Definition of pour in English:



  • 1 (especially of a liquid) flow rapidly in a steady stream.

    ‘water poured off the roof’
    figurative ‘words poured from his mouth’
    • ‘Water was pouring over the lip of the roof in front of my windows like a waterfall and I couldn't see beyond it.’
    • ‘But water also seemed to pour in from higher up, causing it to flow down Doomgate and into Chapel Street where it flooded homes.’
    • ‘What followed was over 80,000 cubic meters of peat and water pouring down in a lava-like flow from the mountain point of Dunne's Rock.’
    • ‘Words were pouring out of your mouth faster than I could register what they were.’
    • ‘Their efforts were dampened slightly when a huge cascade of water came pouring over them.’
    • ‘Her answer poured from her mouth rapidly, as if to hint that she didn't really want to talk about him.’
    • ‘Another stream of smoke poured out of his mouth and hovered near the ceiling.’
    • ‘The words poured from William's mouth in an unpremeditated rush.’
    • ‘Black water is pouring out of taps in private houses and residents fear that their health may be put at risk.’
    • ‘You can tell, because all the water from the stream pours into the ground through a two-inch slit in the rockbed.’
    • ‘Water poured off of the roof (what was left of it), and flooded the driveway and street.’
    • ‘She laid a hand on his arm, stilling the flood of jumbled thoughts and rambling words that poured from his mouth.’
    • ‘But instead of a large bang or a flash of color a stream of water poured from her fingertips, like she was a human fountain.’
    • ‘On the particular occasion that he went to the roof, he had been warned by the first floor tenant that water was pouring in the roof hatch.’
    • ‘Carefully lifting the bowl, she tilted it ever-so-slightly, and the water poured slowly into his mouth.’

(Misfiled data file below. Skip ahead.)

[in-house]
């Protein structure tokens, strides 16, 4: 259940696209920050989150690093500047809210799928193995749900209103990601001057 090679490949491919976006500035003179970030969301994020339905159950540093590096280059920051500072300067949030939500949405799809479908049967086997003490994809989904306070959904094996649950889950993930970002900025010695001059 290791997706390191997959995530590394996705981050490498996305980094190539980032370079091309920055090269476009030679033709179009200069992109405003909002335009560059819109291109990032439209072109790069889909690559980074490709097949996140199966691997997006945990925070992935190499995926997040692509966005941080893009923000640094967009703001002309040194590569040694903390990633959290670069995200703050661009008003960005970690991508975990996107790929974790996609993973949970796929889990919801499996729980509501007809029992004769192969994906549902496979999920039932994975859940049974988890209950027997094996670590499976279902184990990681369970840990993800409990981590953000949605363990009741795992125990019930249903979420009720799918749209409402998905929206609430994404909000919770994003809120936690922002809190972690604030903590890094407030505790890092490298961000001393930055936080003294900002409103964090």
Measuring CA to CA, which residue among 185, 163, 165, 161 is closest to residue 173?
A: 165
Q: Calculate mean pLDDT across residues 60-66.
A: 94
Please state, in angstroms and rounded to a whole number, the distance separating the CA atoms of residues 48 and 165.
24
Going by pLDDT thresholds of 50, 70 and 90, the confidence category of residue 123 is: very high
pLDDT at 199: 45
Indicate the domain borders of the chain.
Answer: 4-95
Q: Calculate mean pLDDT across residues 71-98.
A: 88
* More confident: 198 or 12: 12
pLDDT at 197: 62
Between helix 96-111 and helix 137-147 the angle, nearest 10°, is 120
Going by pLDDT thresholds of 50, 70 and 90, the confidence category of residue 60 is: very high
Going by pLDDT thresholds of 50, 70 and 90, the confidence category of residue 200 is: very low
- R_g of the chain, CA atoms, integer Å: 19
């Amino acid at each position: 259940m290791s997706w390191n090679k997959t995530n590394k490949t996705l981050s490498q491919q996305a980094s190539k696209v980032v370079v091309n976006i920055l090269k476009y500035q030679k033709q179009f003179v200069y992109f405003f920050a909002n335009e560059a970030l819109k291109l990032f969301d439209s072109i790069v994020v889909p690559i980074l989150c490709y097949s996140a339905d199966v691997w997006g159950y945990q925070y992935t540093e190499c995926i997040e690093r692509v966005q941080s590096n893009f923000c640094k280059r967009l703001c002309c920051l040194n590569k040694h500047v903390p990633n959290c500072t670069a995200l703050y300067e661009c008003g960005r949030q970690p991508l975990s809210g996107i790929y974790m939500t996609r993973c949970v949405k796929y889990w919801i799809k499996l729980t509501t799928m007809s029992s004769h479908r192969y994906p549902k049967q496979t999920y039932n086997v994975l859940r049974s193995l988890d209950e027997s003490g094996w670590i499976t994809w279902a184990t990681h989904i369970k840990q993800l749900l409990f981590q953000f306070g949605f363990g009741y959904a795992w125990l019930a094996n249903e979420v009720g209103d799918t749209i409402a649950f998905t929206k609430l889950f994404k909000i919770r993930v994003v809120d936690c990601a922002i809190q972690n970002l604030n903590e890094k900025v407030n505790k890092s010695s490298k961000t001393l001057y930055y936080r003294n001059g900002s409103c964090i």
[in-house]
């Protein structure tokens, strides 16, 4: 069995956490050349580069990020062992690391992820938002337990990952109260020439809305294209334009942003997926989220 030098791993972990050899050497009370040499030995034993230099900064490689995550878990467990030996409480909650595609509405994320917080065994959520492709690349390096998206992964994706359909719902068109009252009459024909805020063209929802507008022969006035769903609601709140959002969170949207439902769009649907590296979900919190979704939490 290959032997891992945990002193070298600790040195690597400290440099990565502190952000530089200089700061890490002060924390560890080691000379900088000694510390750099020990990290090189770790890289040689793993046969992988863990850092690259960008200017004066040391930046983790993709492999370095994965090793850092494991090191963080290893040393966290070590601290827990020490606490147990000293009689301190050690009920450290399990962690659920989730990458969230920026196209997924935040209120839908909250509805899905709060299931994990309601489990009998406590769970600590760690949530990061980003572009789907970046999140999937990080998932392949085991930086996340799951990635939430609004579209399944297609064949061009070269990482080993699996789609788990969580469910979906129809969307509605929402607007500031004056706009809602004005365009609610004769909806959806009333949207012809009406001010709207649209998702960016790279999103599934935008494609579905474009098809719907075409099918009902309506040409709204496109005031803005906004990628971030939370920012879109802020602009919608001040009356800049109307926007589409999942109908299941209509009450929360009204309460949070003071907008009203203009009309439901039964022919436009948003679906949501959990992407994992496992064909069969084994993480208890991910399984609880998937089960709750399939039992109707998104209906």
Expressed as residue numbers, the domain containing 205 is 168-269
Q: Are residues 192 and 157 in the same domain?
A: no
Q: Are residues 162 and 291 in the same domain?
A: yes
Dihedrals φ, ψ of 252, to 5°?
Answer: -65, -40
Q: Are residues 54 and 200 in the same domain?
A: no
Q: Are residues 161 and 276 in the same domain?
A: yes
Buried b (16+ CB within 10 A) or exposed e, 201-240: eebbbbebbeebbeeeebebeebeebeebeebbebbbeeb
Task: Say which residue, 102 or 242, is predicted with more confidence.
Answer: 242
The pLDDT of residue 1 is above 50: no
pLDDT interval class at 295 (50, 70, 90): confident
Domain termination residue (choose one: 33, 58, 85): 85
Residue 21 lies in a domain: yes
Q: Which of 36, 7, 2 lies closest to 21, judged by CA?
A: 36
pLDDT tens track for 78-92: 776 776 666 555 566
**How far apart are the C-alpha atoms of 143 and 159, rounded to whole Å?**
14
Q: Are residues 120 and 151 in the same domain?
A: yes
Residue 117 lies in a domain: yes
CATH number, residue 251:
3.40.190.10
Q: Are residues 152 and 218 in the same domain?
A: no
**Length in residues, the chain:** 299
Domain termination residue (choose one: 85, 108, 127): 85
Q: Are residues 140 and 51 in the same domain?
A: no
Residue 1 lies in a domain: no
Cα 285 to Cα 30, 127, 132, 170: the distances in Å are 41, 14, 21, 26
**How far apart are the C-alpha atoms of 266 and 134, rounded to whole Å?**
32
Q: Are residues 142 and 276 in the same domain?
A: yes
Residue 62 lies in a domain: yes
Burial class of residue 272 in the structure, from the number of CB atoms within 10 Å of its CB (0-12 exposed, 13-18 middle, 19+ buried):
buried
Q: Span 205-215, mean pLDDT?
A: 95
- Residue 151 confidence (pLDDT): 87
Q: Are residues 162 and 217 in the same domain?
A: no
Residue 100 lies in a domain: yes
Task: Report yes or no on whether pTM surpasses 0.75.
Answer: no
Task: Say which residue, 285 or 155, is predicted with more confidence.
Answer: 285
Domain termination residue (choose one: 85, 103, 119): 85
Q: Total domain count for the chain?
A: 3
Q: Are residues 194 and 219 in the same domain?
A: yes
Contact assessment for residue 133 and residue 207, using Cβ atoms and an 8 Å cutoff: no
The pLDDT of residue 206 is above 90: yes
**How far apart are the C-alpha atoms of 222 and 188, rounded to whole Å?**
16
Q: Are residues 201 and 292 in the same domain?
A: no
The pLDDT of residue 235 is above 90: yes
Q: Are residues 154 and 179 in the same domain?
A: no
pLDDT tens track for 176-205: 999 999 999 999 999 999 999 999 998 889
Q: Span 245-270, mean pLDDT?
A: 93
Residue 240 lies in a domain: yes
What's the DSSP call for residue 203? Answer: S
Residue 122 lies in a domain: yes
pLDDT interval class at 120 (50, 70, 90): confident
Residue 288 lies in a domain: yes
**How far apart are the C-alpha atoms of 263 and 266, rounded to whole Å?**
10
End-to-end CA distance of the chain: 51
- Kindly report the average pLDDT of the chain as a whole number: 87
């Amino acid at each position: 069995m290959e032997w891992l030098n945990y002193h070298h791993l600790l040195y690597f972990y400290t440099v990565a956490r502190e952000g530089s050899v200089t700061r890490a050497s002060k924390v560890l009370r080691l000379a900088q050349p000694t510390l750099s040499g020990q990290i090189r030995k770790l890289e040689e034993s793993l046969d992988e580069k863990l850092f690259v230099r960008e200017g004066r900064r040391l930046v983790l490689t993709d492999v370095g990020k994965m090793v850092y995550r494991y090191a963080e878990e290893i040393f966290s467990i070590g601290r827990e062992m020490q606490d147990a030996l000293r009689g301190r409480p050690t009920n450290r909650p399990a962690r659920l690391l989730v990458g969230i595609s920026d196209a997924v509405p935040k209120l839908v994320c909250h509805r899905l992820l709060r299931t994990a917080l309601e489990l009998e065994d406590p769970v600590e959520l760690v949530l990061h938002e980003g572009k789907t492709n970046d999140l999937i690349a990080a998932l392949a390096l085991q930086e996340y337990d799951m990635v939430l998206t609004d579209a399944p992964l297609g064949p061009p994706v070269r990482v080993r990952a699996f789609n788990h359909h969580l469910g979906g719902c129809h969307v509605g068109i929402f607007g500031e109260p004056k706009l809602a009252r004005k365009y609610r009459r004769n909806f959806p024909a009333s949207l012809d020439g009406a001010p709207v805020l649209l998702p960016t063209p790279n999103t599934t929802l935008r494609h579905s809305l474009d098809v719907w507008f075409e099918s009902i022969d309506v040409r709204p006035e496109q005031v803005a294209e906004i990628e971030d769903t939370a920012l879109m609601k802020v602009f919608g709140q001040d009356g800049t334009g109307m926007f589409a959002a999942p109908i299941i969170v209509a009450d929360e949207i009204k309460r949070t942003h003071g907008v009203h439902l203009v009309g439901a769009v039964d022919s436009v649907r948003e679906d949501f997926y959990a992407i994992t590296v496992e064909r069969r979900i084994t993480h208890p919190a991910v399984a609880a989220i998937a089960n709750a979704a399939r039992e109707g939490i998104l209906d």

• ‘A thin stream of water poured into it, stopping when the glass was full.’
    • ‘The climb down the ladder was quite ‘interesting’ due to the cascade of water pouring over your head and down your back!’
    • ‘Suddenly, a cascade of water started pouring down, starting to rapidly fill the room.’
    • ‘Once you break the rim of the bowl and the water pours in, it's not like an ordinary flood, where the water comes and it goes.’
    • ‘She felt something press against her lips, and cool water began to pour into her mouth.’
    gush out, spew out, spurt out, spout out
    flow, issue, emerge, come out, come forth, come
    stream, flow, run, gush, cascade, course, spout, jet, spurt, flood, surge, spill, rush, well, spew, discharge
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    1. 1.1[with object]Cause (a liquid) to flow from a container in a steady stream by holding the container at an angle.
      ‘she poured a little whiskey into a glass’
      • ‘He picked up a cup and absently poured coffee into it.’
      • ‘He watched her as she walked back to the counter and poured coffee into two cups.’
      • ‘For another, they've taken to tarting up their lattes with leaf-like artwork carved into the foam with subtle tricks of the wrist while pouring the drinks.’
      • ‘I grabbed a cotton ball and carefully poured the liquid on to it.’
      • ‘Ben picked up a cup and poured coffee into it, then laced in a liberal amount of cream and sugar, stirring it once.’
      • ‘I shivered as he poured the cool liquid onto my back, and then he began rubbing it in, massaging my back and shoulders.’
      • ‘Mark went to work on him, cleaning the wound, and pouring various liquids on the open wound.’
      • ‘The inquest heard that Daniel cut the container using broken glass, poured liquid on the floor and set fire to it using a lighter.’
      • ‘She poured a clear liquid from the bottle into her left hand, handed the bottle to Victoria, then rubbed the liquid onto both hands.’